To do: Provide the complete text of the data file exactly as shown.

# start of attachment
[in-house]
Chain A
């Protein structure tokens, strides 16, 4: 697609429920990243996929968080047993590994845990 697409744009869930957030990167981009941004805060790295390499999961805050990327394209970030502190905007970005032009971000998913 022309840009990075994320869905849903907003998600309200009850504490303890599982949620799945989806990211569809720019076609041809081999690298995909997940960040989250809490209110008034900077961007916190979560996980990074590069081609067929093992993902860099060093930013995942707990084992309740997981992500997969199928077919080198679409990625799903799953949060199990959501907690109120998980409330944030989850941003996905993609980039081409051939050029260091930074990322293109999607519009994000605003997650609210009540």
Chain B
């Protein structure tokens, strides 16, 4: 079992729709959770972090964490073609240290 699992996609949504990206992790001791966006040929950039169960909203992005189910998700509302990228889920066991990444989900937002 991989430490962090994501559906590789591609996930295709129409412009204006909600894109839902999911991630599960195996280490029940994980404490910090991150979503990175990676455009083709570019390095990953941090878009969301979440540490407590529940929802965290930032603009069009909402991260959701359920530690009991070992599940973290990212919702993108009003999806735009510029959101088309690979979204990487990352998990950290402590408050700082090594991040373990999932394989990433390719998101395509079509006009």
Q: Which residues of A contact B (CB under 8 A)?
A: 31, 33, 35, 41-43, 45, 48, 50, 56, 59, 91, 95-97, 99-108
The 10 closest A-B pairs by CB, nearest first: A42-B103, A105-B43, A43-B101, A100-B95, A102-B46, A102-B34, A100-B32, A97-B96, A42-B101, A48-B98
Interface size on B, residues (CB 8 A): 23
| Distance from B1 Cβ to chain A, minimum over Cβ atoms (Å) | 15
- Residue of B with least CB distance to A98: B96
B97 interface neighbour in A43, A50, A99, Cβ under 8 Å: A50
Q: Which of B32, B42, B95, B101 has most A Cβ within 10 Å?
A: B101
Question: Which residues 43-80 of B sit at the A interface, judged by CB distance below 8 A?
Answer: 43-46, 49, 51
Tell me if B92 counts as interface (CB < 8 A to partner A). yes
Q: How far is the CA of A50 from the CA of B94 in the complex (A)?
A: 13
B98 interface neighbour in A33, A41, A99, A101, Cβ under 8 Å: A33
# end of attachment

[in-house]
Chain A
């Protein structure tokens, strides 16, 4: 697609429920990243996929968080047993590994845990 697409744009869930957030990167981009941004805060790295390499999961805050990327394209970030502190905007970005032009971000998913 022309840009990075994320869905849903907003998600309200009850504490303890599982949620799945989806990211569809720019076609041809081999690298995909997940960040989250809490209110008034900077961007916190979560996980990074590069081609067929093992993902860099060093930013995942707990084992309740997981992500997969199928077919080198679409990625799903799953949060199990959501907690109120998980409330944030989850941003996905993609980039081409051939050029260091930074990322293109999607519009994000605003997650609210009540």
Chain B
């Protein structure tokens, strides 16, 4: 079992729709959770972090964490073609240290 699992996609949504990206992790001791966006040929950039169960909203992005189910998700509302990228889920066991990444989900937002 991989430490962090994501559906590789591609996930295709129409412009204006909600894109839902999911991630599960195996280490029940994980404490910090991150979503990175990676455009083709570019390095990953941090878009969301979440540490407590529940929802965290930032603009069009909402991260959701359920530690009991070992599940973290990212919702993108009003999806735009510029959101088309690979979204990487990352998990950290402590408050700082090594991040373990999932394989990433390719998101395509079509006009």
Q: Which residues of A contact B (CB under 8 A)?
A: 31, 33, 35, 41-43, 45, 48, 50, 56, 59, 91, 95-97, 99-108
The 10 closest A-B pairs by CB, nearest first: A42-B103, A105-B43, A43-B101, A100-B95, A102-B46, A102-B34, A100-B32, A97-B96, A42-B101, A48-B98
Interface size on B, residues (CB 8 A): 23
| Distance from B1 Cβ to chain A, minimum over Cβ atoms (Å) | 15
- Residue of B with least CB distance to A98: B96
B97 interface neighbour in A43, A50, A99, Cβ under 8 Å: A50
Q: Which of B32, B42, B95, B101 has most A Cβ within 10 Å?
A: B101
Question: Which residues 43-80 of B sit at the A interface, judged by CB distance below 8 A?
Answer: 43-46, 49, 51
Tell me if B92 counts as interface (CB < 8 A to partner A). yes
Q: How far is the CA of A50 from the CA of B94 in the complex (A)?
A: 13
B98 interface neighbour in A33, A41, A99, A101, Cβ under 8 Å: A33